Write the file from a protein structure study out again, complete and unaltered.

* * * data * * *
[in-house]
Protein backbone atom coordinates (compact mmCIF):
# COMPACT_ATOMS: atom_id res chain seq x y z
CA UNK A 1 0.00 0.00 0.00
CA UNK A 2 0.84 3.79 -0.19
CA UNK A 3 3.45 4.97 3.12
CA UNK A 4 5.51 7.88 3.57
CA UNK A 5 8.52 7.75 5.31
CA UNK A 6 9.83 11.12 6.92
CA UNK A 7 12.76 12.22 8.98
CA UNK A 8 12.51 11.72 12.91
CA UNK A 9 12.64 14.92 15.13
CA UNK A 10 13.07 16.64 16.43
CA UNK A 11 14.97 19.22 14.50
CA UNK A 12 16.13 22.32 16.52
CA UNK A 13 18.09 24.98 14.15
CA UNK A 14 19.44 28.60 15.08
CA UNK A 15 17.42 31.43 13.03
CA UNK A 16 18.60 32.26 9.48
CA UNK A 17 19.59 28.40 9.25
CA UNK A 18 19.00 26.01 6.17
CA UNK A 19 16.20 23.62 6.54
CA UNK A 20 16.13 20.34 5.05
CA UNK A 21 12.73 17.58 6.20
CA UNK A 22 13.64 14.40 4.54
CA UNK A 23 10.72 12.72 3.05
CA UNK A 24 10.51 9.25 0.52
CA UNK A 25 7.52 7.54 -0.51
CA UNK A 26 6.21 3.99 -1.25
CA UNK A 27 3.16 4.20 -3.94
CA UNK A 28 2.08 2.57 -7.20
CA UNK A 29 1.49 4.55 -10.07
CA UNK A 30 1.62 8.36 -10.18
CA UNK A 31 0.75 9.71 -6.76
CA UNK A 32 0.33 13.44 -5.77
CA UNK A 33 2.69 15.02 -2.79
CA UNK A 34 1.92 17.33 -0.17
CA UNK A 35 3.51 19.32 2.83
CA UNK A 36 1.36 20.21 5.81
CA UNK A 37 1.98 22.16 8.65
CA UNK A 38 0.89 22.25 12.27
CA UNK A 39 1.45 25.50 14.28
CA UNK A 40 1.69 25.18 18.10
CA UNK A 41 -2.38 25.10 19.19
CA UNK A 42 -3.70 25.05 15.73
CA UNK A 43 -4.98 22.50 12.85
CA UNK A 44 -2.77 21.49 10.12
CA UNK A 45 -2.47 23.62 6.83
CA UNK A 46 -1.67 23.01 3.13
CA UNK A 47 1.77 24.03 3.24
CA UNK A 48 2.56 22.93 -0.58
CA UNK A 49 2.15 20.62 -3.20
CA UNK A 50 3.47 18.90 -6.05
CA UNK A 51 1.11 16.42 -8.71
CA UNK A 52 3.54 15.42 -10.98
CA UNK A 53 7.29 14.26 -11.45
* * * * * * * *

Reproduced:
[in-house]
Protein backbone atom coordinates (compact mmCIF):
# COMPACT_ATOMS: atom_id res chain seq x y z
CA UNK A 1 0.00 0.00 0.00
CA UNK A 2 0.84 3.79 -0.19
CA UNK A 3 3.45 4.97 3.12
CA UNK A 4 5.51 7.88 3.57
CA UNK A 5 8.52 7.75 5.31
CA UNK A 6 9.83 11.12 6.92
CA UNK A 7 12.76 12.22 8.98
CA UNK A 8 12.51 11.72 12.91
CA UNK A 9 12.64 14.92 15.13
CA UNK A 10 13.07 16.64 16.43
CA UNK A 11 14.97 19.22 14.50
CA UNK A 12 16.13 22.32 16.52
CA UNK A 13 18.09 24.98 14.15
CA UNK A 14 19.44 28.60 15.08
CA UNK A 15 17.42 31.43 13.03
CA UNK A 16 18.60 32.26 9.48
CA UNK A 17 19.59 28.40 9.25
CA UNK A 18 19.00 26.01 6.17
CA UNK A 19 16.20 23.62 6.54
CA UNK A 20 16.13 20.34 5.05
CA UNK A 21 12.73 17.58 6.20
CA UNK A 22 13.64 14.40 4.54
CA UNK A 23 10.72 12.72 3.05
CA UNK A 24 10.51 9.25 0.52
CA UNK A 25 7.52 7.54 -0.51
CA UNK A 26 6.21 3.99 -1.25
CA UNK A 27 3.16 4.20 -3.94
CA UNK A 28 2.08 2.57 -7.20
CA UNK A 29 1.49 4.55 -10.07
CA UNK A 30 1.62 8.36 -10.18
CA UNK A 31 0.75 9.71 -6.76
CA UNK A 32 0.33 13.44 -5.77
CA UNK A 33 2.69 15.02 -2.79
CA UNK A 34 1.92 17.33 -0.17
CA UNK A 35 3.51 19.32 2.83
CA UNK A 36 1.36 20.21 5.81
CA UNK A 37 1.98 22.16 8.65
CA UNK A 38 0.89 22.25 12.27
CA UNK A 39 1.45 25.50 14.28
CA UNK A 40 1.69 25.18 18.10
CA UNK A 41 -2.38 25.10 19.19
CA UNK A 42 -3.70 25.05 15.73
CA UNK A 43 -4.98 22.50 12.85
CA UNK A 44 -2.77 21.49 10.12
CA UNK A 45 -2.47 23.62 6.83
CA UNK A 46 -1.67 23.01 3.13
CA UNK A 47 1.77 24.03 3.24
CA UNK A 48 2.56 22.93 -0.58
CA UNK A 49 2.15 20.62 -3.20
CA UNK A 50 3.47 18.90 -6.05
CA UNK A 51 1.11 16.42 -8.71
CA UNK A 52 3.54 15.42 -10.98
CA UNK A 53 7.29 14.26 -11.45